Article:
Common Reasons Signs Fail ADA Compliance Standards
Developing and installing signage in accordance with the guidelines set out by the Americans With Disabilities Act (ADA) is not optional, and it’s not just a nice, thoughtful thing to do for those who might visit your property. Rather, it’s a mandatory requirement—and one that carries real consequences for businesses and organizations whose signage fails to achieve compliance. With serious fines levied against those whose signage violates ADA requirements, it’s in your organization’s best interest to ensure compliance from the earliest stages of the design process.
Merely including Braille as a component of a sign does not make it automatically ADA compliant. There are numerous other considerations to take into account when designing signage, and while the visually impaired are particularly likely to benefit from the ADA’s guidelines, there are also benefits for those with mobility issues and other disabilities. Here are some of the most common ways in which signage fails to be ADA-compliant:
Poor font choice. The ADA is crystal clear on font requirements. Tactile characters must be sans serif, uppercase and without complicated flourishes like italics. Restrictions on the proportions and height of characters can also limit the fonts that may be used on ADA-compliant signage.
Improper mounting. Signs with tactile features must be mounted 48 to 60 inches from the ground, with the baseline of the lowest tactile characters being no lower than 48 inches and the baseline of the highest tactile characters being no higher than 60 inches. There are also requirements related to the placement of signage in relation to doors.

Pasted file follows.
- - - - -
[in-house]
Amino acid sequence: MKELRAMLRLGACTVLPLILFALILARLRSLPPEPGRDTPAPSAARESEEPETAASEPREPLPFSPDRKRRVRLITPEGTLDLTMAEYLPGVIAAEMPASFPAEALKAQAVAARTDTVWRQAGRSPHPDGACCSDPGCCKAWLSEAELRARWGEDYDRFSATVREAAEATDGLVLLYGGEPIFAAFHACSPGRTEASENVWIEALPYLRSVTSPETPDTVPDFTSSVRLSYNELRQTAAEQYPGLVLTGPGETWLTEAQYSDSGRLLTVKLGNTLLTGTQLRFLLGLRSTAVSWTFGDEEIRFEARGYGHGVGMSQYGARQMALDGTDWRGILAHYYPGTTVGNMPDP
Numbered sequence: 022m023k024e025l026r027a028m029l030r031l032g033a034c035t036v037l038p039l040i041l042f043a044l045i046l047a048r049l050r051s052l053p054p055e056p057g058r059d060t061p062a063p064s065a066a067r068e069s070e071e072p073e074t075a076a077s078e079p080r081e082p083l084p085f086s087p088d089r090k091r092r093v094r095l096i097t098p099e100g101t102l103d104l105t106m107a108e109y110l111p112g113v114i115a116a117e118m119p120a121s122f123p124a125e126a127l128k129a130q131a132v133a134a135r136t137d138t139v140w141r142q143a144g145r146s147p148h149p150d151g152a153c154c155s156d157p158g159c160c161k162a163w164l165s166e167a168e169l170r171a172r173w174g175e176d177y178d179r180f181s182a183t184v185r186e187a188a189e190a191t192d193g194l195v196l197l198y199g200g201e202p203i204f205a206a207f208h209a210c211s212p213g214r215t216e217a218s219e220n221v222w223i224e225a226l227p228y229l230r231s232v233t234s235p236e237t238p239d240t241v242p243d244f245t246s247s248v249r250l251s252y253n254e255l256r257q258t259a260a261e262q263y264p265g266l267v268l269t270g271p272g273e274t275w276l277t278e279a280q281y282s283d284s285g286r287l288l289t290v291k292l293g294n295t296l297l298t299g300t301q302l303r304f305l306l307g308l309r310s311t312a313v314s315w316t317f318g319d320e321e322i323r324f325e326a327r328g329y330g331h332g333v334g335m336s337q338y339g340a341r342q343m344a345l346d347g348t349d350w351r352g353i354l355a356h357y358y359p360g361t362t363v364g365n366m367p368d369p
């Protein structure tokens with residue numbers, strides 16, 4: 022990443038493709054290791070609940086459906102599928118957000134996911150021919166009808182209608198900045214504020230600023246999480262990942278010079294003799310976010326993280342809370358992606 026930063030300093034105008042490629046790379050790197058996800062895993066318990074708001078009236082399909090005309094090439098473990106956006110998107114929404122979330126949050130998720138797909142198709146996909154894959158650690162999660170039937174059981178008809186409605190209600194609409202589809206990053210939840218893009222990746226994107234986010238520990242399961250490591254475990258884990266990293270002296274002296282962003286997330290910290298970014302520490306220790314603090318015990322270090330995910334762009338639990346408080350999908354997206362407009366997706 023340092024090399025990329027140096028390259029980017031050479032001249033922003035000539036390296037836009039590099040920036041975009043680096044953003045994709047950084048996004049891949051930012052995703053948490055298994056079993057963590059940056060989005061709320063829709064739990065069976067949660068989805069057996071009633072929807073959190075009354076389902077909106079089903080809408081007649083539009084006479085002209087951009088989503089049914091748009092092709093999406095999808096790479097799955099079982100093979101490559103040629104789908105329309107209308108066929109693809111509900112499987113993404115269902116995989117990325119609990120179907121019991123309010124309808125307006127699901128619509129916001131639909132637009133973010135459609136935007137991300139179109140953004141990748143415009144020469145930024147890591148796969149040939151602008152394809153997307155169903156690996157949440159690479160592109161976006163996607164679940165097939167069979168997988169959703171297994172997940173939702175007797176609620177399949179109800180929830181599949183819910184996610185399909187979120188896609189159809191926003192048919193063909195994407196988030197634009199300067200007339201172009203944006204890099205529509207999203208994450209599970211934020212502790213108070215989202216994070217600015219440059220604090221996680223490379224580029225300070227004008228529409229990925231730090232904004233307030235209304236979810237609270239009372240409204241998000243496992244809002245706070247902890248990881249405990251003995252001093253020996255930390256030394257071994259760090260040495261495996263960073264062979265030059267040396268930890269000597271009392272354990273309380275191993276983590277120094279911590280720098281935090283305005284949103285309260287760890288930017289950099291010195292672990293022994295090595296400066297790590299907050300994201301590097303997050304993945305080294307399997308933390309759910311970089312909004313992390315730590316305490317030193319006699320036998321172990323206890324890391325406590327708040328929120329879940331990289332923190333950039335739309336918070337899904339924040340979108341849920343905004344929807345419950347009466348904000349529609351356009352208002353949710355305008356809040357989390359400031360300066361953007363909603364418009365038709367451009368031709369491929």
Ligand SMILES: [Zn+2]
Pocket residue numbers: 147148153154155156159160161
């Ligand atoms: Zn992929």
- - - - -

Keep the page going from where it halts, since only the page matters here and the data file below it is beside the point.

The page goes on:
Wrong character size. The height of tactile characters must be between 5/8 of an inch and two inches, with the exception of dual message signs, which allow for characters as small as half an inch.
Bad kerning. The space between tactile characters must be at least 1/8 of an inch, in order to provide an easier reading experiencing for those vision-impaired individuals who don’t read Braille. While this standard sometimes results in lettering looking a little “off” to seeing individuals, it also allows more people to read the sign more easily.
Misuse of Braille. Believe it or not, it is very possible to mess up Braille signage in the eyes of the ADA. Braille dots need to be rounded or domed, and there are very specific requirements pertaining to the spacing of dots and cells in relation to each other. Braille must also be situated directly below any corresponding text on dual message signs.
These are just a few of the ways in which the ADA requirements can impact your signage. Erie Custom Signs will work with your organization to design ADA-compliant signage that meets your needs while also remaining accessible to those with disabilities. Contact us today to arrange a consultation and receive a quote.